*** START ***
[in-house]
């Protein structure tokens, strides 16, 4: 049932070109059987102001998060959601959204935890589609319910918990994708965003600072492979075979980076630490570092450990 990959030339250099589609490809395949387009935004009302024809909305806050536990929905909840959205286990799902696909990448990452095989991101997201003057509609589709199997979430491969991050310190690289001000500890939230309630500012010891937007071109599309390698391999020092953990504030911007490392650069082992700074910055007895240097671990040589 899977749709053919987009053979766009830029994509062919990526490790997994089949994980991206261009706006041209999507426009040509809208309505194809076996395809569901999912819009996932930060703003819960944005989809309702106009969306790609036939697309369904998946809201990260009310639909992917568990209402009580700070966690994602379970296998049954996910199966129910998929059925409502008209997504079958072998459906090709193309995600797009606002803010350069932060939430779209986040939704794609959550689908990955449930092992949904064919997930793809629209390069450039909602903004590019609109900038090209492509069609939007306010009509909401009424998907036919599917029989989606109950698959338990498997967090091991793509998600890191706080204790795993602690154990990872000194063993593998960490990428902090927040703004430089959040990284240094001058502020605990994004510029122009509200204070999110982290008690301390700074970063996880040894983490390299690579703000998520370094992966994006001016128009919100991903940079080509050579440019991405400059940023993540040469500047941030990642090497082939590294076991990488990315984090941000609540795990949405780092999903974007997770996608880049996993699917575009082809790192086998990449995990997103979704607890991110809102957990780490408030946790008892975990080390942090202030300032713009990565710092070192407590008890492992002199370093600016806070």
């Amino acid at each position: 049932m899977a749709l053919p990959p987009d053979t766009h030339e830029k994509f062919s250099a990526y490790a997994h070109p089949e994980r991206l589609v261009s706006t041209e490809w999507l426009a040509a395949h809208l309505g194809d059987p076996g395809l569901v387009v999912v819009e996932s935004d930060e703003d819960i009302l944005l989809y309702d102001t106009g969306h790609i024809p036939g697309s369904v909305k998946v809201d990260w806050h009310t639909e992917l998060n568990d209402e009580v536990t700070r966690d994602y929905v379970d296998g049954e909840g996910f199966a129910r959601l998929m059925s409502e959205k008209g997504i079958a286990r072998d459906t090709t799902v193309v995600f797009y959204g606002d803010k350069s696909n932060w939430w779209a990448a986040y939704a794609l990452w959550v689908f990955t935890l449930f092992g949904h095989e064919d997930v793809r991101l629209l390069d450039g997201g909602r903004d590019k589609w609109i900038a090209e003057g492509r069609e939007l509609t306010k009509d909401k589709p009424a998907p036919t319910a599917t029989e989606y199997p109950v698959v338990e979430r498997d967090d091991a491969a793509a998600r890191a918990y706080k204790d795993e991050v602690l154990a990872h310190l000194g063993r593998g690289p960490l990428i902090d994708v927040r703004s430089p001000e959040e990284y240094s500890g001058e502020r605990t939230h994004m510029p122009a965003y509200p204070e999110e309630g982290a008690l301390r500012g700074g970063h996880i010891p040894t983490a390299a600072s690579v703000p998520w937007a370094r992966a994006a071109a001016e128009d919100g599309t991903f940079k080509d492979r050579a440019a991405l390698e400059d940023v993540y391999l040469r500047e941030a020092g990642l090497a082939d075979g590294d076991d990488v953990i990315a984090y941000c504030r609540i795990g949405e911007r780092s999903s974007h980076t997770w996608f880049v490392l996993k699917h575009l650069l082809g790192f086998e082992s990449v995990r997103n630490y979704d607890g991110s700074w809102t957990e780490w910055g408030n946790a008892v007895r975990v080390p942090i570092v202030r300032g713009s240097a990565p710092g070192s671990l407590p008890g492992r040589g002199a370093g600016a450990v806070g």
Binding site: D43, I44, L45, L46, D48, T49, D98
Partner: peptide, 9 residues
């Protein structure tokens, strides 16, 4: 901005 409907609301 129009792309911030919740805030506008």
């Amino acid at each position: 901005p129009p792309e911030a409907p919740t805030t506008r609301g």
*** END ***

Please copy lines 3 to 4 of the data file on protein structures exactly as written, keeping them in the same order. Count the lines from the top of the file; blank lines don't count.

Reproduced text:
């Amino acid at each position: 049932m899977a749709l053919p990959p987009d053979t766009h030339e830029k994509f062919s250099a990526y490790a997994h070109p089949e994980r991206l589609v261009s706006t041209e490809w999507l426009a040509a395949h809208l309505g194809d059987p076996g395809l569901v387009v999912v819009e996932s935004d930060e703003d819960i009302l944005l989809y309702d102001t106009g969306h790609i024809p036939g697309s369904v909305k998946v809201d990260w806050h009310t639909e992917l998060n568990d209402e009580v536990t700070r966690d994602y929905v379970d296998g049954e909840g996910f199966a129910r959601l998929m059925s409502e959205k008209g997504i079958a286990r072998d459906t090709t799902v193309v995600f797009y959204g606002d803010k350069s696909n932060w939430w779209a990448a986040y939704a794609l990452w959550v689908f990955t935890l449930f092992g949904h095989e064919d997930v793809r991101l629209l390069d450039g997201g909602r903004d590019k589609w609109i900038a090209e003057g492509r069609e939007l509609t306010k009509d909401k589709p009424a998907p036919t319910a599917t029989e989606y199997p109950v698959v338990e979430r498997d967090d091991a491969a793509a998600r890191a918990y706080k204790d795993e991050v602690l154990a990872h310190l000194g063993r593998g690289p960490l990428i902090d994708v927040r703004s430089p001000e959040e990284y240094s500890g001058e502020r605990t939230h994004m510029p122009a965003y509200p204070e999110e309630g982290a008690l301390r500012g700074g970063h996880i010891p040894t983490a390299a600072s690579v703000p998520w937007a370094r992966a994006a071109a001016e128009d919100g599309t991903f940079k080509d492979r050579a440019a991405l390698e400059d940023v993540y391999l040469r500047e941030a020092g990642l090497a082939d075979g590294d076991d990488v953990i990315a984090y941000c504030r609540i795990g949405e911007r780092s999903s974007h980076t997770w996608f880049v490392l996993k699917h575009l650069l082809g790192f086998e082992s990449v995990r997103n630490y979704d607890g991110s700074w809102t957990e780490w910055g408030n946790a008892v007895r975990v080390p942090i570092v202030r300032g713009s240097a990565p710092g070192s671990l407590p008890g492992r040589g002199a370093g600016a450990v806070g």
Binding site: D43, I44, L45, L46, D48, T49, D98